It will be appreciated that whilst two databases 26 a,26 b each with a respective associated database management system (27 a,27 b) are shown in FIG. 2, in practice any number of databases and management systems may be used depending on the expected data traffic for the bet matching system.
 The databases for this particular example are chosen to be Oracle databases as these can be made suitable for use in a multi-user access system, Oracle databases having a clustering facility allowing multiple databases to be used with the input data being synchronised on an almost real time basis.
 Features of Oracle databases and associated database management systems are described for example in “Oracle Essentials—Oracle 9i, Oracle 8i and Oracle 8” by R. Greenwald et al, second edition, published by O'Reilly, June 2001. Only those features of the database and database management system as will be needed to explain the embodiment of the invention, will be described.
 It will be appreciated that other relational database systems can be used for example the IBM DB2, or the Infomex System.
 The database management system 27 a,27 b stores various control procedures controlling the data input and output together with the bet matching system processes which, in this particular example, will be peculiar to either the client system 6,7 or the order set up and matching system 8. These are programmed into the database management systems 27 a,27 b using PL/SQL a procedural language extension to Structured Query Language and will be described in more detail later in relation to the particular functions performed by the client system 6,7 and the order set up and matching system 8. The data stored in the relational databases 26 a,26 b for the client system 6,7 and the order set up and matching system 8 will also be described in more detail hereafter.
 Turning now to FIG. 3 this figure describes the general architecture of each web server machine 24 a,24 b,24 c. The output of the load balancer 23 is input to a web server 31 which in turn is connected to cache memory 32 and a performance server 33. Each web server machine 24 a,24 b,24 c is also provided with a newsfeed interface 34 to which current information relating to currently running events, for example a football match, can be fed from an outside news agency, for incorporation on the latest web pages.
 The web server 31 is effective to support web pages on a web site for the bet matching system. It is possible to categorise each web page as either:
 i) static, where for example a client has requested general information relating to the bet matching system such as terms and conditions. These pages can be stored and retrieved from the cache 32; or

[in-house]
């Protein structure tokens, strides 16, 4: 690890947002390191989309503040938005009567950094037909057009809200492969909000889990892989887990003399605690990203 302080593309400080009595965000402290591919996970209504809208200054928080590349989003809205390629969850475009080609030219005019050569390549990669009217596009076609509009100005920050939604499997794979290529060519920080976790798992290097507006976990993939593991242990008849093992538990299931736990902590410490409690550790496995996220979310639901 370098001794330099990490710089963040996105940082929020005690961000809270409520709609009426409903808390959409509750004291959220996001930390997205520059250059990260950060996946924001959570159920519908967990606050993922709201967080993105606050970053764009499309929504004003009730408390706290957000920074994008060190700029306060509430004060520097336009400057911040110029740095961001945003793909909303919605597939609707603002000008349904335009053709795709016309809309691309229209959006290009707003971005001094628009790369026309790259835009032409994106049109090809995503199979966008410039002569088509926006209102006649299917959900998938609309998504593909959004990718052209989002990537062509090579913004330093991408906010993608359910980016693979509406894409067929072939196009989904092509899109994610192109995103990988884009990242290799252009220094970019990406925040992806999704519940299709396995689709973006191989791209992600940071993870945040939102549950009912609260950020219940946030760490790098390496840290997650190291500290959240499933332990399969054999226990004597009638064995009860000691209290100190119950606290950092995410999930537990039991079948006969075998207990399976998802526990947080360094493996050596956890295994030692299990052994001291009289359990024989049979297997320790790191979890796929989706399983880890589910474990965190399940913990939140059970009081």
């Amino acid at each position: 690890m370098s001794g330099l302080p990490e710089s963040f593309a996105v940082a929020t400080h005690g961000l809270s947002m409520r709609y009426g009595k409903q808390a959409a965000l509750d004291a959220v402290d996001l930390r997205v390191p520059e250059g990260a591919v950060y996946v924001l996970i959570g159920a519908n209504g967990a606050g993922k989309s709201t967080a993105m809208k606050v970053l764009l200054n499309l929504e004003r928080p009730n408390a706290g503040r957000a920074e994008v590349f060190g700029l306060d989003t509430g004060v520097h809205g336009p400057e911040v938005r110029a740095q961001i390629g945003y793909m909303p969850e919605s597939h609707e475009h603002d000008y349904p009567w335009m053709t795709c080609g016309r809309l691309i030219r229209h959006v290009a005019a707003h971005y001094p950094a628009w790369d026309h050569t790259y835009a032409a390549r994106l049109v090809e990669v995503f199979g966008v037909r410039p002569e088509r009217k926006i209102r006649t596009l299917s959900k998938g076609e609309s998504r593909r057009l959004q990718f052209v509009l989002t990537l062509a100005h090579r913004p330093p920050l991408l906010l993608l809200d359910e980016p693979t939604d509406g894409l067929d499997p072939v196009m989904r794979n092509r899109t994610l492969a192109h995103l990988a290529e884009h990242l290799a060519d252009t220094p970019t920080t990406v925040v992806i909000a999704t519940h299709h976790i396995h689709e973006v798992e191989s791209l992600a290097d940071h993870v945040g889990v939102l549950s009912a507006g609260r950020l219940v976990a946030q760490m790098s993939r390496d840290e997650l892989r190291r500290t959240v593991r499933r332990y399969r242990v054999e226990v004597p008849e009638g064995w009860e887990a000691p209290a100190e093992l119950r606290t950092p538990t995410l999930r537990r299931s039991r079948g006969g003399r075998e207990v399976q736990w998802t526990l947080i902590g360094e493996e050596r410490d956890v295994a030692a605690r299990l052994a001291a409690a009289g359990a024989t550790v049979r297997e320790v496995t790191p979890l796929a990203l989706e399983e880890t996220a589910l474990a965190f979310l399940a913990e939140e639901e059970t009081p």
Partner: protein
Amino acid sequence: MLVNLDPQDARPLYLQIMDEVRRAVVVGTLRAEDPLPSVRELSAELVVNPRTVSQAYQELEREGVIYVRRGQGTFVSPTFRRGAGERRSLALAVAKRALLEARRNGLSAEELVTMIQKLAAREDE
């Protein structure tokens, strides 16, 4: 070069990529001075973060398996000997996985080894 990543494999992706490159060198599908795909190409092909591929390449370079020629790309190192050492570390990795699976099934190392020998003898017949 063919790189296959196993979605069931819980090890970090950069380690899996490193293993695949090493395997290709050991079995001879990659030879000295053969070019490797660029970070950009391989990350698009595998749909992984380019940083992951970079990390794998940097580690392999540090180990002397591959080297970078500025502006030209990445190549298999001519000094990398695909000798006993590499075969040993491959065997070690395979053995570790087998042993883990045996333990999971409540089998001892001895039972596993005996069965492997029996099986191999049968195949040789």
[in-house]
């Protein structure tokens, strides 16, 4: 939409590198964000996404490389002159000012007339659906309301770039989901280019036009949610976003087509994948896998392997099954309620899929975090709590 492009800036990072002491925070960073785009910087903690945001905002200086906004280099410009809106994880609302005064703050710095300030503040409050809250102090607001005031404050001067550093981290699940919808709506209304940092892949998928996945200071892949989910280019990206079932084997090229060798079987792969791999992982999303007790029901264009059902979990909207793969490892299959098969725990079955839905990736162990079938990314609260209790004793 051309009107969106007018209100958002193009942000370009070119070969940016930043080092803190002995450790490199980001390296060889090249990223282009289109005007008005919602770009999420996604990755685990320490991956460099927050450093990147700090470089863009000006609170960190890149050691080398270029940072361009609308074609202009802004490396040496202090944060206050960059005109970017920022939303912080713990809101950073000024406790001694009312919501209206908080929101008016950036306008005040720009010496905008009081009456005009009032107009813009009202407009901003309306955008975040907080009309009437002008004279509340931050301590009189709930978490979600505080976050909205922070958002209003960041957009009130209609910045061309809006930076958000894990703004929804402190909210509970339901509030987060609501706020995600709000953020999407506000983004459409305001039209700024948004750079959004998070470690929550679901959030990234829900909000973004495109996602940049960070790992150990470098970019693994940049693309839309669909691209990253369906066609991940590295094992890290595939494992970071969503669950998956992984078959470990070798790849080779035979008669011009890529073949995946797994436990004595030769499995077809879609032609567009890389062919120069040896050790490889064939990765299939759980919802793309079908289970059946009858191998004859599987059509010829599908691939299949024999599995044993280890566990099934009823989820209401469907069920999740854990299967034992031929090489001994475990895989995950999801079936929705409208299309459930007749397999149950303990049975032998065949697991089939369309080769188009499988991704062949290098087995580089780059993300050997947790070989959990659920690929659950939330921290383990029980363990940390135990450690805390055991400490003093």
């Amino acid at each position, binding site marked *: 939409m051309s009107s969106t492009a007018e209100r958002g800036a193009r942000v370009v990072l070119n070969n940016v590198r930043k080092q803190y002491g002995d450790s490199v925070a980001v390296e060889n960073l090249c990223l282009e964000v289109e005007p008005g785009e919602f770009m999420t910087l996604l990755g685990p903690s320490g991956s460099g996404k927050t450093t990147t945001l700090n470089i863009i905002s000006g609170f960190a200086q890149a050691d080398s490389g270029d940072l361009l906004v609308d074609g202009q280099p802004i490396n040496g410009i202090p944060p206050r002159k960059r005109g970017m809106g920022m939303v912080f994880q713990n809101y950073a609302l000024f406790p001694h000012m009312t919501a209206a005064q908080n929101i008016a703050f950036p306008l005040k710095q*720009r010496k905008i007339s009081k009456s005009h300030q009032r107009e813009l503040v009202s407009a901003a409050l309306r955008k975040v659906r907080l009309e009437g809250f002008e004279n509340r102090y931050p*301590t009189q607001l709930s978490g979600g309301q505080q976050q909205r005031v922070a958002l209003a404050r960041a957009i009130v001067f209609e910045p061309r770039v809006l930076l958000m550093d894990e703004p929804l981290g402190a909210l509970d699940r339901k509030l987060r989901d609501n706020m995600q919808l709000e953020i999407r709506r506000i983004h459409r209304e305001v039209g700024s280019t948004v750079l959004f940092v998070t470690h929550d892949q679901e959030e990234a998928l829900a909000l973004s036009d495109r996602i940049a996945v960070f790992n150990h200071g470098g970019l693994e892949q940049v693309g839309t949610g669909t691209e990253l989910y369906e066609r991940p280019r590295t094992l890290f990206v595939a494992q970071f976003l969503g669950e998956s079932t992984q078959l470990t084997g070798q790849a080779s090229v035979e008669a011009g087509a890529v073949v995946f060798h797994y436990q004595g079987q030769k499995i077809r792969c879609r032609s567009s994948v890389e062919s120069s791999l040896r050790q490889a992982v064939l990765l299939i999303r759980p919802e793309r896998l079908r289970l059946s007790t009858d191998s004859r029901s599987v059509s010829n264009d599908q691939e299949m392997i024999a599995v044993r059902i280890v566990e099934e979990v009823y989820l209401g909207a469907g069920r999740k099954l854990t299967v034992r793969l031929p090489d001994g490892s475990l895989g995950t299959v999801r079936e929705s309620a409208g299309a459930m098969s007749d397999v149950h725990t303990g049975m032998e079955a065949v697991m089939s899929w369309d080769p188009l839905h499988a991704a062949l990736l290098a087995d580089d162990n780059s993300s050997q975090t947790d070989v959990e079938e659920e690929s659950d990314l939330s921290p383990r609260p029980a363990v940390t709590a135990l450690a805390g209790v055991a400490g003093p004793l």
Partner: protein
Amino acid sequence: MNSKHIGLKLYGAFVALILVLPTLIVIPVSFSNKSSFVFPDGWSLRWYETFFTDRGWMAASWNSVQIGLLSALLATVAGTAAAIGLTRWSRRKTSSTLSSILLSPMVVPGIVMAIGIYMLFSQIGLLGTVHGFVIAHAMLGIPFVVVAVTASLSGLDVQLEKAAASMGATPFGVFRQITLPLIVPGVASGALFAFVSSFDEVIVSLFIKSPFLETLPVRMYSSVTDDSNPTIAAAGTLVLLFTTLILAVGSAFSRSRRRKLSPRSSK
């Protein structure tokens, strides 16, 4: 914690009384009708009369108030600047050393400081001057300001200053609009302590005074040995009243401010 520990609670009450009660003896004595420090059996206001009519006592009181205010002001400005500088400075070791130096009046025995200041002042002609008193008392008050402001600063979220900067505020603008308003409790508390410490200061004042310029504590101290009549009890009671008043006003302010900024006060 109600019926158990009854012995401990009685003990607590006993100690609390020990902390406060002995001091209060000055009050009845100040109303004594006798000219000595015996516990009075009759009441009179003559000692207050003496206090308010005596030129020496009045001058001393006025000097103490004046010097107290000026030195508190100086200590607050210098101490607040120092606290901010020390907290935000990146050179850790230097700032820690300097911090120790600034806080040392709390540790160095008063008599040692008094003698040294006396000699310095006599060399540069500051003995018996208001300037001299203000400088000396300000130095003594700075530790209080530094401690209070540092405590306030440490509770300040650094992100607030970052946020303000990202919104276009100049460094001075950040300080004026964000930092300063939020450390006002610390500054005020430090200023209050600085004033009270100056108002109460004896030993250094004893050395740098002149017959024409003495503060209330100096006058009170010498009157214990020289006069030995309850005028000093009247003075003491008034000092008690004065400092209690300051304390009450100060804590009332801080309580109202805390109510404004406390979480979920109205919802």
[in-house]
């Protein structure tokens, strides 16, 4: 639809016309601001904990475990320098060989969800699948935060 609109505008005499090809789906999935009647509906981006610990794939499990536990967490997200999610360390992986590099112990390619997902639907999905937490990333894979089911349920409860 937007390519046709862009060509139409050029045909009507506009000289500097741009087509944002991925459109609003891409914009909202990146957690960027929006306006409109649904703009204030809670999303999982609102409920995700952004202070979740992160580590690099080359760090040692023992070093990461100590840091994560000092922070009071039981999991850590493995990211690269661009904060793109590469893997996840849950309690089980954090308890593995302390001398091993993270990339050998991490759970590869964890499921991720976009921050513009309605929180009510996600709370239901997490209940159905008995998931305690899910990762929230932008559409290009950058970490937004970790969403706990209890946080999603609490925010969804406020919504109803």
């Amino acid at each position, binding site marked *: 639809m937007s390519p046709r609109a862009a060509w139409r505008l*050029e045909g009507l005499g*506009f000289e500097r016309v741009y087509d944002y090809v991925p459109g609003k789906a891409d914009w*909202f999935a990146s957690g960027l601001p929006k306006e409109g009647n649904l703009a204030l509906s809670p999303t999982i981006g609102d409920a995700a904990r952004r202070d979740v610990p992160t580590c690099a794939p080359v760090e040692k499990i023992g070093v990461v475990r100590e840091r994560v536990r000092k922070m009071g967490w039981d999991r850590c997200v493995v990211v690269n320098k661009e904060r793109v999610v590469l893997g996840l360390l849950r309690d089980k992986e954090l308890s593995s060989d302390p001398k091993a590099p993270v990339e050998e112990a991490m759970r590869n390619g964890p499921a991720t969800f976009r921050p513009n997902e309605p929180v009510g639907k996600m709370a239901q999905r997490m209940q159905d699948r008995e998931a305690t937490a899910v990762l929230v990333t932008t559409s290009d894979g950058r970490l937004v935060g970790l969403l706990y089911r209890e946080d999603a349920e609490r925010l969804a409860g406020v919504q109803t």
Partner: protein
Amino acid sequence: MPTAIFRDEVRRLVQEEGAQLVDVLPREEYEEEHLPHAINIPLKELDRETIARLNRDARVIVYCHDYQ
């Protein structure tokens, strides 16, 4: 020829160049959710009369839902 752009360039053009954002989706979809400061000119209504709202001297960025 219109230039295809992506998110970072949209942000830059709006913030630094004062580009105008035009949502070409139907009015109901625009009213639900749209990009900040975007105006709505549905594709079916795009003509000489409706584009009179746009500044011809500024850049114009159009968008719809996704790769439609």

ii) semi static or dynamic in which the pages must be updated in response to a incoming request after retrieving data stored in the databases 26 a,26 b and/or processing data in the database management system 27 a,27 b.
 It will be appreciated that such an arrangement avoids the necessity of interrogating the databases 26 a, 26 b for each incoming request, thus speeding up the system particularly as it is found that a significant proportion of incoming requests relate to activities such as viewing competition information or viewing terms and conditions which are contained on static web pages which may be stored in the cache 32. More details of such an arrangement are described in International Patent Application WO-A-01/33388.
 The performance server 33 is also effective to interrogate the incoming information to determine whether the information has originated from a PC, an interactive TV, a WAP phone or any other terminal configuration. This enables an appropriately addressed return message to be generated. The performance server 33 is also effective to perform a parsing process to determine from the universal resource locator (URL) of the incoming HTML signals, the country from which the request has originated. This enables a response to be sent back including an appropriate choice of languages to be offered to the clients.
 Where it is determined that it is necessary to interrogate the database 26 a,26 b, the data is passed by the performance server 33 to the database and management system cluster 25.
 Turning now to FIG. 4 this figure illustrates schematically the basic processing units stored in each database management system 27 together with the file structures on the data stored in each relational database 26. The modules included in the database management system includes an area of memory known as a System Global Area 41 including an area 42 in which application software such as the bet matching system application can be written using the PL/SQL programming language. The application software for each functional module in the bet matching system will be described in detail hereafter. The System Global Area 41 also includes a database buffer cache 43 in which a copy of the most recently used data is stored, this avoiding the necessity of always reading data from the data files 47 and a redo log buffer 44 whose function will be described hereafter.